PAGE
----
Federal Legislative Delegates

Use these links to find the contact information for your U.S. Congressional delegates in Washington DC. Members of both the United States Senate and the United States House of Representatives are linked here.

Louisiana State Legislative Delegates

Use this link to find the contact information for your Louisiana delegates. You must know your address to use this function.

Use this link to find the contact information for all of the Louisiana delegates in Baton Rouge, LA. Members of both the Louisiana Senate and the Louisiana House of Representatives are linked here.

Legislative History and Documents

Congress through Section 320 of the Clean Water Act created the NEPs in order to prevent activities that: might threaten the estuary’s public water supply; might be harmful to shellfish, fish and wildlife; and might negatively impact recreational activities for estuary residents.

Section 320 of the Clean Water Act

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The NEP is considered a core water program under EPA as each program does a host of outreach and work to grow support for those who depend on water resources. The NEP was established by statute (33 U.S. Code § 1330) and was reauthorized in 2016 (see 130 Stat. 409; P.L. 114-162).

Public Law No: 114-162 (05/20/2016) Reauthorizing the National Estuary Programs

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The National Estuary Program: Congressional Establishment of a Non-Regulatory “Core Water” Program

Congress established the National Estuary Program in 1987 identify, protect and restore estuaries of national significance. In recognition of the track record of its unique voluntary, collaborative, and non-regulatory management conferences, Congress has periodically updated and reauthorized the National Estuary Program to strengthen its role and ensure its continued commitment to restoring and protecting “estuaries of national significance.”

Establishment of the National Estuary Program in 1987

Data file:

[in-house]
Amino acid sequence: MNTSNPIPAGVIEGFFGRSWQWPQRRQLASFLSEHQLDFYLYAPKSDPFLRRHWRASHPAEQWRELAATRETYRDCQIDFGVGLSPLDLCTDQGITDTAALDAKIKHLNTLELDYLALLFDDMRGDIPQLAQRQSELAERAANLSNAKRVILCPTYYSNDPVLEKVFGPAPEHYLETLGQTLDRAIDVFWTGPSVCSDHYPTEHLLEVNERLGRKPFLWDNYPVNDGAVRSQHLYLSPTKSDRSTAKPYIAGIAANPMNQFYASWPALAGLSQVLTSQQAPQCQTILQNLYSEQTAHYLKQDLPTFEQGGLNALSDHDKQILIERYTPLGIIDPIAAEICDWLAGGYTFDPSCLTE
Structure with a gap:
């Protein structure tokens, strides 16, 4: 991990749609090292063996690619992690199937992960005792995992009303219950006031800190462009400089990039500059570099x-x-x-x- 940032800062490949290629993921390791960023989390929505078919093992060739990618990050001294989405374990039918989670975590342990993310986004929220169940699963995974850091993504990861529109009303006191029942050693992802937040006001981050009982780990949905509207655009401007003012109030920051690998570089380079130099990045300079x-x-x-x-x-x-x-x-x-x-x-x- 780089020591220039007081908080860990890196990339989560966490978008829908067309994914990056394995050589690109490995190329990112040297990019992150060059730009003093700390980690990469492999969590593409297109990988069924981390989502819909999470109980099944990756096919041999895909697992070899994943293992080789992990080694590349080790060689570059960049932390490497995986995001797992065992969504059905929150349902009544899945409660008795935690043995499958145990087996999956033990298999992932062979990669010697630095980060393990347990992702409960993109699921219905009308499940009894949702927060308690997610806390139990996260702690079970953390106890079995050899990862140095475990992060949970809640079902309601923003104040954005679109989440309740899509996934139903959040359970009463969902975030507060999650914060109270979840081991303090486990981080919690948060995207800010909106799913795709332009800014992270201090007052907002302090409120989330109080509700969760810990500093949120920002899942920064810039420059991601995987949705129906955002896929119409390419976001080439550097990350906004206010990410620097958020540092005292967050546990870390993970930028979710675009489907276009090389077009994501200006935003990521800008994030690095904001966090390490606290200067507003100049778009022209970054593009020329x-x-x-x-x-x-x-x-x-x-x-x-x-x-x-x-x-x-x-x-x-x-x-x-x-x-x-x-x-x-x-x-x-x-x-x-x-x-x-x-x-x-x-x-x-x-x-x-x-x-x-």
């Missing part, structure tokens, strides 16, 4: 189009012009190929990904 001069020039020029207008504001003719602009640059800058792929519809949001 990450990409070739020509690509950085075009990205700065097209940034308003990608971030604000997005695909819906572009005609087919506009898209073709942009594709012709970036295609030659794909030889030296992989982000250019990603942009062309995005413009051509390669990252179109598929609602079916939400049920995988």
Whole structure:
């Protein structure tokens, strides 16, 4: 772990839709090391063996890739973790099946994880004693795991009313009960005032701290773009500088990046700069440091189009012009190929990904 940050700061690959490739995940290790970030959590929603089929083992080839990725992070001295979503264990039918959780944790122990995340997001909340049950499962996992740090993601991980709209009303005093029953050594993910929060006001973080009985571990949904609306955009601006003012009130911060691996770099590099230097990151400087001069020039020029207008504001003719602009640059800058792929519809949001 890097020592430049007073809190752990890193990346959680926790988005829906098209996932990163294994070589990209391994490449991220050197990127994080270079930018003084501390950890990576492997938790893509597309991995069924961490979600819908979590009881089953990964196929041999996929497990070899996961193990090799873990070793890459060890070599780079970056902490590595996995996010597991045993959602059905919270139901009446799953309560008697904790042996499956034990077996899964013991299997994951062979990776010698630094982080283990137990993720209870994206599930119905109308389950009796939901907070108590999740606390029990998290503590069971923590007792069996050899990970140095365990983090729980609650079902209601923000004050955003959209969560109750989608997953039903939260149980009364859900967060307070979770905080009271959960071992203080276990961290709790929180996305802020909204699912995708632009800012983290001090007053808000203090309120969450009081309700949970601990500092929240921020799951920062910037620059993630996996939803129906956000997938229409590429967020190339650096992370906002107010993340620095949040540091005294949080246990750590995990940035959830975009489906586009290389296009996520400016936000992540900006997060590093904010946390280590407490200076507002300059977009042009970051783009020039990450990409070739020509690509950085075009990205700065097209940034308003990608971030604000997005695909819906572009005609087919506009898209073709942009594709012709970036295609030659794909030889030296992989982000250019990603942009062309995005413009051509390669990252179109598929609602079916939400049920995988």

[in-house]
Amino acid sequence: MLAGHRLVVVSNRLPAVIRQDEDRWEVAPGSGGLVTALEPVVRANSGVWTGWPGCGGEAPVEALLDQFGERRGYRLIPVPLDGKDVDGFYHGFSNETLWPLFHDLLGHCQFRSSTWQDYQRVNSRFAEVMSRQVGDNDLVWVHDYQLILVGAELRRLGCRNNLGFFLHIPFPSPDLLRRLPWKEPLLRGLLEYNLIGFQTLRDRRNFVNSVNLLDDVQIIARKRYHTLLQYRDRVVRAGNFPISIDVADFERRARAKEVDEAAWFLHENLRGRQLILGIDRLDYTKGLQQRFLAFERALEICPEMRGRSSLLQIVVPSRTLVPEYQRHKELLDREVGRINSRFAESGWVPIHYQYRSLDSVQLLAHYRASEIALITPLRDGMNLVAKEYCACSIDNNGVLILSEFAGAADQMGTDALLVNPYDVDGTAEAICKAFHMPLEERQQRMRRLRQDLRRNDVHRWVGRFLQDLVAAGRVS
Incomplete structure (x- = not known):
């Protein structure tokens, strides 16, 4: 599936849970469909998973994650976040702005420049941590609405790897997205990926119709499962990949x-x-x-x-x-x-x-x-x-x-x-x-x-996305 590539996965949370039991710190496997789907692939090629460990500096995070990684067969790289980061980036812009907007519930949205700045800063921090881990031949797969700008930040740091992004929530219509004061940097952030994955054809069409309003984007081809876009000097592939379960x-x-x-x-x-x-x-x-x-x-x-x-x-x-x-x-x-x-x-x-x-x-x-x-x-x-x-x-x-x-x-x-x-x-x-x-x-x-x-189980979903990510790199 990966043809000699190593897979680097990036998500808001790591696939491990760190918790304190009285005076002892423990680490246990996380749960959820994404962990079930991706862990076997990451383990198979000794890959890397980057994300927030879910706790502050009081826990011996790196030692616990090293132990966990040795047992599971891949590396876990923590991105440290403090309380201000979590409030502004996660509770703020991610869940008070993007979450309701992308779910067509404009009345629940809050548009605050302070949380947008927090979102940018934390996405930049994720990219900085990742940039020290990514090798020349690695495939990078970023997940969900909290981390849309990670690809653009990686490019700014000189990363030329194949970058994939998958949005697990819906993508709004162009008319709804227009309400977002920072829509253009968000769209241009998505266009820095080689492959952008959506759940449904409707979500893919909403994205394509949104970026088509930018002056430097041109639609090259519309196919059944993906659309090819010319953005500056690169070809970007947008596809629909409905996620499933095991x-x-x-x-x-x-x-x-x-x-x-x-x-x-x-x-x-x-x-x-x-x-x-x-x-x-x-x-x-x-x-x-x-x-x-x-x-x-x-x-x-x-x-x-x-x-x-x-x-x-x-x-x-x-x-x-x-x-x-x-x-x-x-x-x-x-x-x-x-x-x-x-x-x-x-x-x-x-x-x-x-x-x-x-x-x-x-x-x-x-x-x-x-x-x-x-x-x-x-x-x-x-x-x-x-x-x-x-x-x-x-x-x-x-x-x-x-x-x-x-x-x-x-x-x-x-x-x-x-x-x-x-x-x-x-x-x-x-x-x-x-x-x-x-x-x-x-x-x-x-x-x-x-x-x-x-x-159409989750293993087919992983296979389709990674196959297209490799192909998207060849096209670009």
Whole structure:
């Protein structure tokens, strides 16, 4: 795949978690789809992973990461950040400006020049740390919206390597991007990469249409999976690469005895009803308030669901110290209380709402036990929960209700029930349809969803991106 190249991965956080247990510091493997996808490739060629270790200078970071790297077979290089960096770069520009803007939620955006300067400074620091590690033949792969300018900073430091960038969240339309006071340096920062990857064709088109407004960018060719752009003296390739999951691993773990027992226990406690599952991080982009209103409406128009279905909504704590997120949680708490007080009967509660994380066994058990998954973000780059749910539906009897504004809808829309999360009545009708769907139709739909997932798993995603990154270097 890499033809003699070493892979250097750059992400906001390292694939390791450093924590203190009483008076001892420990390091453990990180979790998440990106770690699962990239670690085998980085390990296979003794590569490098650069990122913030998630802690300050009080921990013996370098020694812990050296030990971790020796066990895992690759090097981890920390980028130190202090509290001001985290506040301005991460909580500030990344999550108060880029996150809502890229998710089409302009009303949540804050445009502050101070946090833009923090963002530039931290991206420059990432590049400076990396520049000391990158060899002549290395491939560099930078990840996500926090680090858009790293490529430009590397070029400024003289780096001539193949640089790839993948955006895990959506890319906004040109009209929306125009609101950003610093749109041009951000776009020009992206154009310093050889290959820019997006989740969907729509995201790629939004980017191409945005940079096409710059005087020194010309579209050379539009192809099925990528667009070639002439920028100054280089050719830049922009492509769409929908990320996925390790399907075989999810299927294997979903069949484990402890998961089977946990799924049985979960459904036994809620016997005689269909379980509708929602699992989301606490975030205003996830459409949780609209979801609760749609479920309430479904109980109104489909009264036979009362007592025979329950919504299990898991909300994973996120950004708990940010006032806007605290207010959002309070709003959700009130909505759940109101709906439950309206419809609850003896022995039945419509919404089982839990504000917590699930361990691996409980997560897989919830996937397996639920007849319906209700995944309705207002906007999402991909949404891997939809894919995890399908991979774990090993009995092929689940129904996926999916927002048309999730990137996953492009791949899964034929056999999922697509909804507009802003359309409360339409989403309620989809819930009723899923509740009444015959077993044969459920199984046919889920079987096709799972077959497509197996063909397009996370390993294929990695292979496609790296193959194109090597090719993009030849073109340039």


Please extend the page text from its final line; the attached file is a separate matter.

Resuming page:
In 1987, the U.S. Congress amended the Clean Water Act by establishing the National Estuary Program (NEP) via Section 320 of the 1987 Clean Water Act (CWA) to identify, protect and restore “estuaries of national significance.” Section 320 enabled states, upon federal approval, to establish a management conference to develop a comprehensive management plan for estuaries that were deemed to be threatened by pollution, development, or overuse, through collaborative voluntary efforts of federal, state, local, non-profit, and private interests.

Each NEP plan, also known as a Comprehensive Conservation and Management Plan or CCMP, was designed to address water quality problems in, and promote the ecological integrity of, estuaries. Through Section 320, the NEP’s Management Conference would coordinate and provide funding for long-term planning to address the complex factors that contribute to the degradation of estuaries. The Management Conference would ensure that the CCMP is uniquely tailored to local environmental conditions, is based on local input, and supports local priorities.

Expanding the NEP Role: the 2000 Reauthorization

In the first 13 years of the NEP, 18 management conferences had been established and completed CCMPs for different estuaries around the country; another 10 NEPs were in development but had not been federally approved. With an already established track-record of success and growing demand, Congress reauthorized and updated the NEP in the Estuaries and Clean Waters Act of 2000. This reauthorization expanded the role of the Management Conference to develop and implement CCMPs.

2016 Reauthorization

Enacted in 2016 with bi-partisan support, Public Law 114-162 authorizes $26 million per year to support the NEP from 2016 through 2020. The new law guarantees that not less than 80 percent of each year’s appropriation must be used for the work of the 28 individual programs around the nation, in local communities and on-the-ground projects from Tampa Bay to Puget Sound. EPA’s administrative expenses are not to exceed 5 percent of the total amount appropriated and not less than 15 percent must be used for grants to address new challenges facing our estuaries, including sea grass loss that impact commercial fisheries and harmful algae blooms that limit recreational use of our waterways. The authorized funding and formula is consistent with base funding provided to the NEPs since 2008. The engrossed (complete) version of the 2016 Reauthorization is HERE.

2017 Congressional Estuary Caucus

Congressional support has always been essential for the NEPs to undertake their unique work. Now, more than twenty-seven House Members have joined with U.S. Representatives Bill Posey (R-FL), Suzanne Bonamici (D-OR), Frank LoBiondo (R-NJ) and Rick Larsen (D- WA) in forming a new Congressional Estuary Caucus. The new Caucus will provide an important vehicle to engage Members and their staff about the importance of estuaries to our environment, economy, and quality of life. The caucus had a kickoff briefing on March 30, 2017, and will hold a variety of events throughout the 115th Congress.